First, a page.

Yakima ad campaign needles Seattle by promising sun

(via Wikipedia)

(via Wikipedia)

See update at end of story

Living in Seattle, I don’t come across a lot of radio ads that make me giggle. But for the past few days I’ve been hearing one that has. And wouldn’t you know: It focuses on one of my favorite topics, Seattle weather.

The Yakima Valley Visitors and Convention Bureau is running its cheeky annual spring radio campaign trying to lure sun-starved Seattleites away from the Puget Sound. The pitch is hardly New To Seattle. But I think the Yakimanians, or Yakimaites, or whatever residents there call themselves, have a lot of material to work with.

A geography lesson for those not familiar with the region: Yakima sits on the eastern side of the Cascade Mountains about 140 miles southeast from Seattle, which is on the west side. With peaks topping 14,000 feet–Lewis and Clark had trouble threading them–the Cascades keep away from the interior of Washington State much of the notorious cloudiness that cloaks Seattle and environs. So Yakima gets small amounts of rain and huge amounts of sun. That’s the exact opposite of Seattle, where vitamin D pills for the sun-deprived are fixtures of media advertising.

The Yakima ad spot is called “Lost and Found Spring.” After the jump, a transcript of the ad–and even better, a link to the actual audio.

RADIO SPOT (click here for audio, then follow along)

YAKIMA VALLEY VISITORS AND CONVENTION BUREAU

“LOST-AND-FOUND SPRING”

Transcript

(Background of soft mischievous music)

(Phone rings)

FEMALE OPERATOR (in an extremely nasal New York voice): Hello. Lost and Found.

MALE CALLER (somewhat befuddled): Yeah, I’m hoping you can help me out.

OPERATOR: Sure.

CALLER: I lost … Spring.

OPERATOR: Spring. Like the season?

CALLER: Yeah.

OPERATOR: Well, do you remember when you last saw it?

CALLER: (sighing sound) Ah, it’s been so long.

OPERATOR: Ahhhh, you must be calling from Seattle.

CALLER (in tone of amazement): How did you know?

OPERATOR: Well, we get that a lot. Let me see if I can track it down.

(Sound of typing on a computer keyboard)

OPERATOR: Spring, spring … Ah, there it is.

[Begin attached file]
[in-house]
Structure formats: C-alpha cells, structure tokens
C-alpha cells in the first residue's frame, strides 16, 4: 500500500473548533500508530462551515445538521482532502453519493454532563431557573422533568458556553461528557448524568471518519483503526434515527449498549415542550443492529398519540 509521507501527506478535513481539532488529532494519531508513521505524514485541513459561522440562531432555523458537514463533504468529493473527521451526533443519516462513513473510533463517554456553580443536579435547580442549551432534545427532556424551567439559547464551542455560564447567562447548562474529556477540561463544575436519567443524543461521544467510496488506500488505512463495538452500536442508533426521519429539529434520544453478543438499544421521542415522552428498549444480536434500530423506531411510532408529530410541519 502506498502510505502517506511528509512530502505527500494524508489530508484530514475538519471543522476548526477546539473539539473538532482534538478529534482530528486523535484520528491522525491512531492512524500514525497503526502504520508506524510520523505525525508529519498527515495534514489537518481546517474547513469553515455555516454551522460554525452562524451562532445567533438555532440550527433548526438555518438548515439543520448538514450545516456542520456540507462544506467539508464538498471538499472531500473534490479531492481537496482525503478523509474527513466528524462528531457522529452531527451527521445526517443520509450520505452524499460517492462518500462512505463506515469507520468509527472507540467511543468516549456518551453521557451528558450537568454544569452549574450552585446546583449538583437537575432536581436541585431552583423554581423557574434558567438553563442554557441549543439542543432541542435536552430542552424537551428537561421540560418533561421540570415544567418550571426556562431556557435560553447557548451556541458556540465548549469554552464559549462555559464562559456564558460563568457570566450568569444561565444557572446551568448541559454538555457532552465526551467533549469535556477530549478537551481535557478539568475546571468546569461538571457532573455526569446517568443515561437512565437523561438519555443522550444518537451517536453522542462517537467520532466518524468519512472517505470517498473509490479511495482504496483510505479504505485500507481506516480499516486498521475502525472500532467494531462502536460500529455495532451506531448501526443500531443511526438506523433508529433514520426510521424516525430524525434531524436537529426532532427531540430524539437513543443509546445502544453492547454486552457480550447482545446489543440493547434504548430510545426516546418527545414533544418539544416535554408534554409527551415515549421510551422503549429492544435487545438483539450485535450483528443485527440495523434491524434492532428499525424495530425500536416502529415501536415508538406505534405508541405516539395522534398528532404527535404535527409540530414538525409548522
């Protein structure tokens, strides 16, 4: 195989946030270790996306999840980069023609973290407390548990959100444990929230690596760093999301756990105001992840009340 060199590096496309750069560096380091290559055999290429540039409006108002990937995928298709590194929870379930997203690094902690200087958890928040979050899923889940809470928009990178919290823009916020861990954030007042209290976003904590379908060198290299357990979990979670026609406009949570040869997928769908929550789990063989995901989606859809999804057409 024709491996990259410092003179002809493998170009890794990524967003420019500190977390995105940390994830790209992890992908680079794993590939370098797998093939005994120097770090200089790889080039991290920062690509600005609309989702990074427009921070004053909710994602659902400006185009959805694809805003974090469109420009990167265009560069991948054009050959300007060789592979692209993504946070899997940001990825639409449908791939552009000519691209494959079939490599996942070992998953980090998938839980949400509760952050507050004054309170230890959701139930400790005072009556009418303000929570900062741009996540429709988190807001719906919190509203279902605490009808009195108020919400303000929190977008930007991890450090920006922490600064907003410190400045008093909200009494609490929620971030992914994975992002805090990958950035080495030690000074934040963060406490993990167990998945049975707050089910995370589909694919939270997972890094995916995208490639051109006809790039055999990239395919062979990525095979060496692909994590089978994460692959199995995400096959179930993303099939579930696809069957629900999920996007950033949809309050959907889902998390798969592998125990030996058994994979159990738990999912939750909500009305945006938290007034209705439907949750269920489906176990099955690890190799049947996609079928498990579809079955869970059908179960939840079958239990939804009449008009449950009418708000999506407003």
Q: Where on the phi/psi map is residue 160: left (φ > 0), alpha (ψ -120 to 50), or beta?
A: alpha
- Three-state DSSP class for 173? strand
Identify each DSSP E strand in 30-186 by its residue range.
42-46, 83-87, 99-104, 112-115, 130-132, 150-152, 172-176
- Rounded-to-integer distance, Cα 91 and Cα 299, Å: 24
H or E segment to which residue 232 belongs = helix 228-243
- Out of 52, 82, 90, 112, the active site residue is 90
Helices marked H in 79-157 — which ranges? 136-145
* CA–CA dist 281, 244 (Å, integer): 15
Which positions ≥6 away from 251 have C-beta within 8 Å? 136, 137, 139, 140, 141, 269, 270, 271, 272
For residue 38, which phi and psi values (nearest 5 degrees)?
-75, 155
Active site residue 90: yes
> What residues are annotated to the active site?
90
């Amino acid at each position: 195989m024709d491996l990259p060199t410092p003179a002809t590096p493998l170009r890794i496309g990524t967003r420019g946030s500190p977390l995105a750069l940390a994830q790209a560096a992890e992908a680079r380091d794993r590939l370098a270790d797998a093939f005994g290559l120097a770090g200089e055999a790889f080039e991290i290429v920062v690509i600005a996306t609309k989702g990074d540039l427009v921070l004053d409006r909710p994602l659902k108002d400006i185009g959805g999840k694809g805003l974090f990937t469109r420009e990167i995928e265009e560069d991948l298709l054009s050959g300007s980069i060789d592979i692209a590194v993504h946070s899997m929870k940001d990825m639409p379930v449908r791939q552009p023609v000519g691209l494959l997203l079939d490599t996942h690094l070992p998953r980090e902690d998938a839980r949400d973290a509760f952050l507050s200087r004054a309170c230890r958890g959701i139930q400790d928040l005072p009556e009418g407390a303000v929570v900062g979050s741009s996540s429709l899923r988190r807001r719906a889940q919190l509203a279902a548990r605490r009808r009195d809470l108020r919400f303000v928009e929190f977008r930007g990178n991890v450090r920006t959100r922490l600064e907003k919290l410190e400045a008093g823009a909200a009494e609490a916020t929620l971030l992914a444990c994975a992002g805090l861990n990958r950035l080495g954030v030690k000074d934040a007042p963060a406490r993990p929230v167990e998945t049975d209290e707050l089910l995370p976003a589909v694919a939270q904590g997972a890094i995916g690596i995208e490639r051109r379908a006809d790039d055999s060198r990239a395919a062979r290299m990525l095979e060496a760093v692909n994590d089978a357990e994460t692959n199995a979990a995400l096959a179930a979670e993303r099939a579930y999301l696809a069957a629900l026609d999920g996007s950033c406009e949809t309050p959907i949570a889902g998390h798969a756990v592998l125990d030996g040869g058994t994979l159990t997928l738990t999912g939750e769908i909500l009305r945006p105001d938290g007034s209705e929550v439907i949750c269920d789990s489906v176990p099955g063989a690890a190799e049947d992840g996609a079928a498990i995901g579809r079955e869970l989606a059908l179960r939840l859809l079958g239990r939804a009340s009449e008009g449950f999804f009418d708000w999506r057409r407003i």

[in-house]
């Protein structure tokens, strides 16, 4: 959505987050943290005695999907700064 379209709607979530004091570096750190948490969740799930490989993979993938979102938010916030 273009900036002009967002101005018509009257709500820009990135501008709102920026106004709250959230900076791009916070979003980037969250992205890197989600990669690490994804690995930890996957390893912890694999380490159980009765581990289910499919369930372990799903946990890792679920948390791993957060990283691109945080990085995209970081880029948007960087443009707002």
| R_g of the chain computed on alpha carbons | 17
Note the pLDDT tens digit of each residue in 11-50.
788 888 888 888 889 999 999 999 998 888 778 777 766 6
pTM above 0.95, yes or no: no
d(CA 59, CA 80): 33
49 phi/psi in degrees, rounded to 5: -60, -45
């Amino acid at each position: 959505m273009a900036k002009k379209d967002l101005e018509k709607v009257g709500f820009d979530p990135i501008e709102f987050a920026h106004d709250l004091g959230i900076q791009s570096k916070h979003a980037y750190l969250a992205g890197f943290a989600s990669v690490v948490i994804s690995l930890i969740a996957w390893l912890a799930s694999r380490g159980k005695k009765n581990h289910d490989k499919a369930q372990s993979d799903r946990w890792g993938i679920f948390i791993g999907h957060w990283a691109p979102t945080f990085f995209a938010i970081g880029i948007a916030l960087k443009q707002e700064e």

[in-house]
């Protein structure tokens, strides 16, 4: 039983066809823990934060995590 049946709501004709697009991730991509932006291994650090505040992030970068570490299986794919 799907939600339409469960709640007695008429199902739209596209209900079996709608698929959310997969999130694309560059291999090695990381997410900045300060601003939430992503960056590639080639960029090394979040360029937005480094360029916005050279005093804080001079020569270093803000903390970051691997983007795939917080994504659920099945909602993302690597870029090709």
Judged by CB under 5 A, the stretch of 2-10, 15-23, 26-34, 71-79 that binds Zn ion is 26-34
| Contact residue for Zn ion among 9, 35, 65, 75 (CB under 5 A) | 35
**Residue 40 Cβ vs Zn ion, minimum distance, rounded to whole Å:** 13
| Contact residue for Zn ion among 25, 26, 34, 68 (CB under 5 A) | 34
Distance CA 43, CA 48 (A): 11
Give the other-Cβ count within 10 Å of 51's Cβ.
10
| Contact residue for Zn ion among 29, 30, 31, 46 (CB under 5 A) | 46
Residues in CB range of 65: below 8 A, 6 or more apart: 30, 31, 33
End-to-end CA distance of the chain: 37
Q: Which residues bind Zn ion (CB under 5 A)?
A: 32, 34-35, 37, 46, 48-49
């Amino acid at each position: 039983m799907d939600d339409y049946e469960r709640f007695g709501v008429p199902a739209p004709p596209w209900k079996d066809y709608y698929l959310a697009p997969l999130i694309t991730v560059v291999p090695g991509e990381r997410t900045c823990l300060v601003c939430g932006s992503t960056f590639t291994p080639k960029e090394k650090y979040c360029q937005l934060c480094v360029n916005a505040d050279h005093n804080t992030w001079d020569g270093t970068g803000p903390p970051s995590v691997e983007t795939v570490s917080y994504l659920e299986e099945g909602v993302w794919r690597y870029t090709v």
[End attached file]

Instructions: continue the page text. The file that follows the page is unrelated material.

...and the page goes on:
CALLER: You’re kidding. Where?

OPERATOR: The Yakima Valley.

CALLER: The Yakima Valley?

OPERATOR: When you lose spring in Seattle, it’s a good bet you’ll find it in the Yakima Valley.

(Background music changes to soft jazz)

VOICE-OVER MALE ANNOUNCER: Take all the things you love to do, add sunshine and a relaxed pace, and you’ve got the Yakima Valley. Just two quick hours east is the best wine country in the state. Which means wine tastings and gorgeous vineyards. Mountains, rivers,  art, entertainment, shopping and more. All Fido friendly …

(Single dog bark)

ANNOUNCER: … and all of it sprinkled with beautiful sunshine.

CALLER: Ah, one more thing. I, I lost my sunglasses, too.

OPERATOR: Visit the Yakima Valley, hon.  You won’t need them in Seattle.

ANNOUNCER: Find your lost spring, in the Yakima Valley. Go to Visit Yakima Valley dot org.

TRUTH-IN-ADVERTISING UPDATE ON APRIL 5: According to a story today on the Web site of the Yakima Herald-Republic, which mentions this post, it’s raining in the Yakima Valley and supposed to do so for awhile. The paper’s optimistic spin: “While visitors might be dismayed by wet weather forecast for the rest of this week, the sunshine is sure to return.” Of course, the same could be written about Seattle; it’s just a matter of timing. In any event, don’t look for the Yakimaniacs to pull the ad.

Share on Facebook

Comments

Yakima ad campaign needles Seattle by promising sun — 6 Comments

  1. At our winery, Paradisos del Sol, we guarantee no rain. If you are in our tasting room and it is raining, you can buy any and all wine for half price.

    Several other wineries in the Rattlesnake Hills have similar promises.

    6 and a quarter inches a year. We had almost an inch in 24 hours a week ago it shattered all records.

    Salud!
    Paul Vandenberg paul@paradisosdelsol.com

  2. “Living in Seattle, I don’t come across a lot of radio ads that make me giggle.”

    They don’t make you giggle because you live in Seattle? Or are radio ads in Seattle less giggle-worthy than ads in LA, Albuquerque, Houston, or any of the other places where you have lived?

Leave a Reply